Saturday, June 09, 2012


Juliana St. John worries that she is a witch. Her own mother, after all, has proclaimed her as such after a terrible, vivid dream comes true. But when Juliana confesses her experience to a kindly priest, he explains that she is not, in fact, a witch, but that she has been blessed with the gift of prophecy. Shortly thereafter, Sir Thomas Seymour arrives in Marlborough and offers Juliana a position in the household of the woman he loves, Lady Kateryn Parr.
Juliana is quite happy to accept the honor, but fears her secret will be discovered. Her prophetic nightmares, however, are only one of the dangers that she will face by associating with Kateryn Parr. And Sir Thomas isn't the only man who has his eye on Kate — the king does, as well. And King Henry always gets what he wants.
The court of King Henry VIII is a perilous place for one such as Juliana. Rarely in favor of women, the definition of allowable religious practice is constantly changing under his rule — and by his whim. And no one, not even the beautiful and pious Kateryn Parr, is without enemies in his court.
In Kate, Juliana finds a friend with whom she experiences the longed-for mother/daughter relationship she never knew with her own critical mother. But that isn't the only form of love she discovers within King Henry's court. It is there that she meets Jamie Hart, a handsome Irish gentleman determined to win his knighthood.
Jamie is a lovely distraction (for more information, see my My Book Boyfriend post about him!), but when Juliana begins to recognize faces at court that match those in her dreams a sense of urgent fear propels her into danger. Entrusted with information that could ruin — or rescue — that which is most precious to Kateryn Parr, Juliana must decide who is worthy of her trust — and if she will allow one final secret to upend the future she had planned.
The Secret Keeper emulates the fast-paced tension of a great romantic suspense novel but relies entirely upon court intrigue to accomplish that pulse-pounding feat. Anchored by the proper but down-to-earth voice of Juliana St. John, the reader remains lip-bitingly engaged in the story and its characters even through the most mundane activities in which they take part.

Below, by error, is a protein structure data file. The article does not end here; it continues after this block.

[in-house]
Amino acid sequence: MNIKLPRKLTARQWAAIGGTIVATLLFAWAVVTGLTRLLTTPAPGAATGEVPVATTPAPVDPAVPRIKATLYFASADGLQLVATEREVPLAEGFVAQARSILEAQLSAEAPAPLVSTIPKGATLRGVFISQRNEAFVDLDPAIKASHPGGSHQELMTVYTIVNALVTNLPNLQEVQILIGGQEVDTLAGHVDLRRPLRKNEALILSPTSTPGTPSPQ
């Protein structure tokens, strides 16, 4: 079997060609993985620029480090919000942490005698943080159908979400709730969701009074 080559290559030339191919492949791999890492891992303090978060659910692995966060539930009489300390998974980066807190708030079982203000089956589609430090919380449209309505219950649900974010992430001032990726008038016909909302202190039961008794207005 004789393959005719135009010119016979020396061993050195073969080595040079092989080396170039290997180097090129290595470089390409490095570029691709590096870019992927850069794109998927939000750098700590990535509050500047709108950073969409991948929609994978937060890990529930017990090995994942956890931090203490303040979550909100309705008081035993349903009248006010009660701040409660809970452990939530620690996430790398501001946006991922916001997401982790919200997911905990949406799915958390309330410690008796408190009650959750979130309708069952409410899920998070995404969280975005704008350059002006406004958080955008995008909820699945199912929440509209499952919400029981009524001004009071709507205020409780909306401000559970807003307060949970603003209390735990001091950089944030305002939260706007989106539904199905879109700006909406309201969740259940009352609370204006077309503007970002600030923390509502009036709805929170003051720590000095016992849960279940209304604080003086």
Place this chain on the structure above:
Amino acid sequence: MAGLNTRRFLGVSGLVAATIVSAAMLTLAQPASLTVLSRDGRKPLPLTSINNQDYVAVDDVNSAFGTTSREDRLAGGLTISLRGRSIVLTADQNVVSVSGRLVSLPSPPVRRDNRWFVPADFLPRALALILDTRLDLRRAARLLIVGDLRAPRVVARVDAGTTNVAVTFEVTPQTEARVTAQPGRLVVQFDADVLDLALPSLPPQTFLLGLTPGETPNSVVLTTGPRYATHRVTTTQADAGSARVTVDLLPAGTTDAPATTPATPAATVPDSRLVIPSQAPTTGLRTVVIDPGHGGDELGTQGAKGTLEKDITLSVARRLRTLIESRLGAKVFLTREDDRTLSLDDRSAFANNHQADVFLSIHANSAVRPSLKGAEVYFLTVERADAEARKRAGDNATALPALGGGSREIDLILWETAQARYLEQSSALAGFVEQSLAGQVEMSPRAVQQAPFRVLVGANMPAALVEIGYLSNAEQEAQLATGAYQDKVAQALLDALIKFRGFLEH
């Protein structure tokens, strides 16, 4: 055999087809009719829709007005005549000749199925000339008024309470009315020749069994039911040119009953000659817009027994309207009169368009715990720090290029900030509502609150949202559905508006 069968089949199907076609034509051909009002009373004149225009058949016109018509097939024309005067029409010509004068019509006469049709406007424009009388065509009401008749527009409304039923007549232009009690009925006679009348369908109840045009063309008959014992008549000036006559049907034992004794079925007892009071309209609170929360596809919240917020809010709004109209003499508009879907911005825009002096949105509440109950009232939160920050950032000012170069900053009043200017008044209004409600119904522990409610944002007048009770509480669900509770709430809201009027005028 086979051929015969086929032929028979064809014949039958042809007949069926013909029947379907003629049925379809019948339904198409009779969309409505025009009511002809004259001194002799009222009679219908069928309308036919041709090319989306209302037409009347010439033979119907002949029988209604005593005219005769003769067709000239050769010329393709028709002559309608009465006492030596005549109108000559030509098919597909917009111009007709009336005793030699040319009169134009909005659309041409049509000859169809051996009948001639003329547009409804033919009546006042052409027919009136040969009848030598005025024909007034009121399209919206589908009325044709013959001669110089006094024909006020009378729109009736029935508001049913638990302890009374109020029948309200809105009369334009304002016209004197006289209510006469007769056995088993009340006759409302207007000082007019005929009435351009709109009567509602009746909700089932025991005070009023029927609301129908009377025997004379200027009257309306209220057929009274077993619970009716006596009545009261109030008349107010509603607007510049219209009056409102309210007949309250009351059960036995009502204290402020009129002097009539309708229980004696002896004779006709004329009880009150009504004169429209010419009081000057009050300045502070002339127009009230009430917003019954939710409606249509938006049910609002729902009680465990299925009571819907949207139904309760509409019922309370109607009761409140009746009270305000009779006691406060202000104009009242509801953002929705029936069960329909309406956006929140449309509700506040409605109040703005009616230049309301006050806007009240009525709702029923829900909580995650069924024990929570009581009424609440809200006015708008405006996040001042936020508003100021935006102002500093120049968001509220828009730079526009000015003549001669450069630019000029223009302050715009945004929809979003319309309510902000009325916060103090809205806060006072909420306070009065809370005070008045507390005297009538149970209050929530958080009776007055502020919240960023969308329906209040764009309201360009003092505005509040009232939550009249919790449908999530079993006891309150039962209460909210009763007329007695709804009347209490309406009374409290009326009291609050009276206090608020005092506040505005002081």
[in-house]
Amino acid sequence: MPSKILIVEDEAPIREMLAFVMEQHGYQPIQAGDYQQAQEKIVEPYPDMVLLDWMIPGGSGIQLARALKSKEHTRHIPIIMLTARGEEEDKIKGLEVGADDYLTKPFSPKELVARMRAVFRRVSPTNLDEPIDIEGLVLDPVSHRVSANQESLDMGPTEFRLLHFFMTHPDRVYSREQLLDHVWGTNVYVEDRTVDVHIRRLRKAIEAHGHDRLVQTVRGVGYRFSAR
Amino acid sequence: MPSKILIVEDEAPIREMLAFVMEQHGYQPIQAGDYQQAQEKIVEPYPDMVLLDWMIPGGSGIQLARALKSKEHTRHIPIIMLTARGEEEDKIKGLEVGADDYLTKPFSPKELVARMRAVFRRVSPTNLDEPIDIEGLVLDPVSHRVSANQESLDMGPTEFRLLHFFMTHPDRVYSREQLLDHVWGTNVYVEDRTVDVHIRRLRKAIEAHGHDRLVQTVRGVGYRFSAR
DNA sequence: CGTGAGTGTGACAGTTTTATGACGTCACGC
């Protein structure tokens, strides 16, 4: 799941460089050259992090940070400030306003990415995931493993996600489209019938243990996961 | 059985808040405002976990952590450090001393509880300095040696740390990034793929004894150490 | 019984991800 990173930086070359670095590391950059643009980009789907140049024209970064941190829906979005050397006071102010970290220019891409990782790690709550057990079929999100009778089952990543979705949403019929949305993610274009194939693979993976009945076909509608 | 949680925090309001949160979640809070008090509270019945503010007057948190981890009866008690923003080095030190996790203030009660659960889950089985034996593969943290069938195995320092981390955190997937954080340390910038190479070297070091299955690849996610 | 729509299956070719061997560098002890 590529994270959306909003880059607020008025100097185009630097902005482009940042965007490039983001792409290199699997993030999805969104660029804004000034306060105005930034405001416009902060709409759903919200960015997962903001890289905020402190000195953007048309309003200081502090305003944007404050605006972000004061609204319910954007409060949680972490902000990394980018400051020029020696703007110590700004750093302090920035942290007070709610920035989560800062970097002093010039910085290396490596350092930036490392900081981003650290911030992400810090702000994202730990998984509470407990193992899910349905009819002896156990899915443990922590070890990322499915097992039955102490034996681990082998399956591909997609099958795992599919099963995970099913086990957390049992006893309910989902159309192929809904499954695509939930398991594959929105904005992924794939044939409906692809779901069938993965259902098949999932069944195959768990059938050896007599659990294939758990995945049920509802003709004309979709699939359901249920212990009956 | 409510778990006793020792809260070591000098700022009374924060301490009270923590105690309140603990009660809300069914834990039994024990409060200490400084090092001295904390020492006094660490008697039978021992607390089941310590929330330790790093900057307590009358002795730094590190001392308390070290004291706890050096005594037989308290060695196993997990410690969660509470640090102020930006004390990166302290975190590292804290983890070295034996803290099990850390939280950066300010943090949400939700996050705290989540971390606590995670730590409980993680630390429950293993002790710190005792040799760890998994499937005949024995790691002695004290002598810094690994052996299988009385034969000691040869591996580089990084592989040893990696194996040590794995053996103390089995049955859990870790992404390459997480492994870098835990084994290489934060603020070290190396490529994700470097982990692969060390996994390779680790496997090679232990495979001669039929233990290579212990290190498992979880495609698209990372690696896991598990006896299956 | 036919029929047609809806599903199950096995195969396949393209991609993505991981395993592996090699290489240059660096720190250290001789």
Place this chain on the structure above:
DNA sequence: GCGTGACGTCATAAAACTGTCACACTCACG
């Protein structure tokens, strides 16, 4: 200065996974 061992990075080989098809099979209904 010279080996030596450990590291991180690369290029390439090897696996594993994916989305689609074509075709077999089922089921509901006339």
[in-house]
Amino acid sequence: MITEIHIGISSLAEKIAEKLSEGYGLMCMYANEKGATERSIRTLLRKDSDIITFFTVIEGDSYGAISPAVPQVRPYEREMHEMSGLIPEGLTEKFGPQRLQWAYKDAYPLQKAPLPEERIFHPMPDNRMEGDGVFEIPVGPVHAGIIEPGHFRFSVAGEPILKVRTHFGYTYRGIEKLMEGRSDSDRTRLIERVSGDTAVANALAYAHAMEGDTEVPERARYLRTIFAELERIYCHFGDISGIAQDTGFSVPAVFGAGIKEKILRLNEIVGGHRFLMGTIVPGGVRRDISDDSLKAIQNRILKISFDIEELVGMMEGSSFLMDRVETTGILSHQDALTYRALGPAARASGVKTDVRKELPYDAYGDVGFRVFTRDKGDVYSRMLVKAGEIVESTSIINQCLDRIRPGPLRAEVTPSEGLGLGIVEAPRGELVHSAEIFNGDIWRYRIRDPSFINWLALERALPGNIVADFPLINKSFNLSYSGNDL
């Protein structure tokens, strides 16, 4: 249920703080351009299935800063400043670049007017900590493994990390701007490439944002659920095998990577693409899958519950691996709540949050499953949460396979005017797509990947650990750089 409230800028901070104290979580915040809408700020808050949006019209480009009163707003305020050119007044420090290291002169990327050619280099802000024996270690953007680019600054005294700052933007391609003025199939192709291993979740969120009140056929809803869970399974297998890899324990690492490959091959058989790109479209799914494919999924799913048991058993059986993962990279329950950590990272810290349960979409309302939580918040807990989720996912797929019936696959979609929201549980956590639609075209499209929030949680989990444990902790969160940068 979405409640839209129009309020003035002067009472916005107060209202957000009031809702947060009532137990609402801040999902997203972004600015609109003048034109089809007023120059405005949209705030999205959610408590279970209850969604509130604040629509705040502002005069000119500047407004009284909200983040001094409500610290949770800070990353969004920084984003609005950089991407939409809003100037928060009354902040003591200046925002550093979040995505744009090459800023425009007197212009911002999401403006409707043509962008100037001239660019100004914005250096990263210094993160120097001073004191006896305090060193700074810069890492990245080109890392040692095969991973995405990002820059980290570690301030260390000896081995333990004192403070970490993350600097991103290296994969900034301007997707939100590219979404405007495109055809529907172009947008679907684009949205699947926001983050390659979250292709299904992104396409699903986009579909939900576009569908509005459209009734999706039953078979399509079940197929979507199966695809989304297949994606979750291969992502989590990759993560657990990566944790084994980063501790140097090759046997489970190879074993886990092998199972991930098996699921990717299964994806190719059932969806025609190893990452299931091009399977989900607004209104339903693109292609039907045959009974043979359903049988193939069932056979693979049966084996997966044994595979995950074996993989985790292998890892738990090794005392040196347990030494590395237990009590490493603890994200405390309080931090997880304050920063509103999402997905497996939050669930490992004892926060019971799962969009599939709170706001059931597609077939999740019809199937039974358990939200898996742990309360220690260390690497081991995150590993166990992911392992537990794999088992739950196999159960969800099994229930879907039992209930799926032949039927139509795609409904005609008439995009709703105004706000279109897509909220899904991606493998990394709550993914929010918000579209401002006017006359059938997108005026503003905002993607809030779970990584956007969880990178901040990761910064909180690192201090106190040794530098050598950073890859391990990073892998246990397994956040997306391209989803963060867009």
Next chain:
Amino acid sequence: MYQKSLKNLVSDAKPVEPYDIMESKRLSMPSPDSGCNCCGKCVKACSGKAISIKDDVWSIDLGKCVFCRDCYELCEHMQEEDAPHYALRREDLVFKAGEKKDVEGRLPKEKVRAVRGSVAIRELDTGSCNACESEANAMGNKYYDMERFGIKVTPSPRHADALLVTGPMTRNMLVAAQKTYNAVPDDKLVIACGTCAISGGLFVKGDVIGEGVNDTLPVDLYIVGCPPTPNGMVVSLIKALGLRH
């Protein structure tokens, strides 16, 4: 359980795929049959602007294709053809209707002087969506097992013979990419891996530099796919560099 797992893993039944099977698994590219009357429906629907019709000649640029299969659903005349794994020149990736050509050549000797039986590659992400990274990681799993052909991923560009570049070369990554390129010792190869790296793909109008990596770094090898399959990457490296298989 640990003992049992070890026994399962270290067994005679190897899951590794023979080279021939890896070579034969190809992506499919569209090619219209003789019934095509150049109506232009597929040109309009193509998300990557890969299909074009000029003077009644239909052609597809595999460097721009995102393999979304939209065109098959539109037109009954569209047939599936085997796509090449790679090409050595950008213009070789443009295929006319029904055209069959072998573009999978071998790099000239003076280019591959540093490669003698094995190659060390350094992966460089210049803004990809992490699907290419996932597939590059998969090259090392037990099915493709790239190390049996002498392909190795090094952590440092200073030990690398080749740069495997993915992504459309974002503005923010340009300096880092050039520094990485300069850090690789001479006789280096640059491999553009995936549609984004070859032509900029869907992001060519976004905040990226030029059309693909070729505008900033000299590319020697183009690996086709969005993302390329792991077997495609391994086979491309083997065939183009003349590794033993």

Juliana is lovely as a first-person narrator. As a lady-in-waiting to Kateryn Parr, Juliana is privy to some of the most delicate and deadly secrets of court, yet it is her own secrets — the prophetic dreams and visions she has — that most frighten her. As Juliana's inner strength develops, the reader quickly becomes invested in her well-being — and in the romantic HEA Juliana doesn't believe possible after an enemy attacks.
With so many villains to choose from at court, Irish-born gentleman Jamie Hart is an entirely refreshing hero with just enough bad-boy charm to make him irresistible. Although we, along with Juliana, are given cause to doubt his sincerity from time to time, Jamie is, in every sense of the phrase, a true romantic hero.
Fans of To Die For: A Novel of Anne Boleyn will appreciate the brief cameo appearance by that book's protagonist. Like its predecessor, The Secret Keeper illumines roles the royals played in the ebb and flow of the English Reformation Movement, but does so in such a suspenseful, romantic fashion that the reader is every bit as entertained as she is educated.
One of the most interesting ways the author marked the passage of time between To Die For and The Secret Keeper, however, was King Henry himself. Here again Sandra Byrd's skill as an author shines, leaving no doubt in readers' minds as to the power of the king's personal magnetism even as his midsection expands and his leg wound (ew) oozes. But even while aging somewhat ungracefully he is charming — and every bit as mercurial and dangerous in this novel as he was in the last.
I looked for a miss in this book — honest! — but I couldn't find one. And I'd be willing to wager that, come December, The Secret Keeper will find a firm ranking on many bloggers' Best Books of 2012 lists — including mine. The Secret Keeper is simply superb. It grabbed me from the start and never let go.
Even readers who shy away from the well-researched historical will get wrapped up in the Tudor trickery and lovely romance within this story. Byrd's tightly woven plot is laced with ever-splicing threads of intrigue that all but tie the book to your hands. Read it!

(This review originally appeared at USA Today's romance fiction blog, Happy Ever After)

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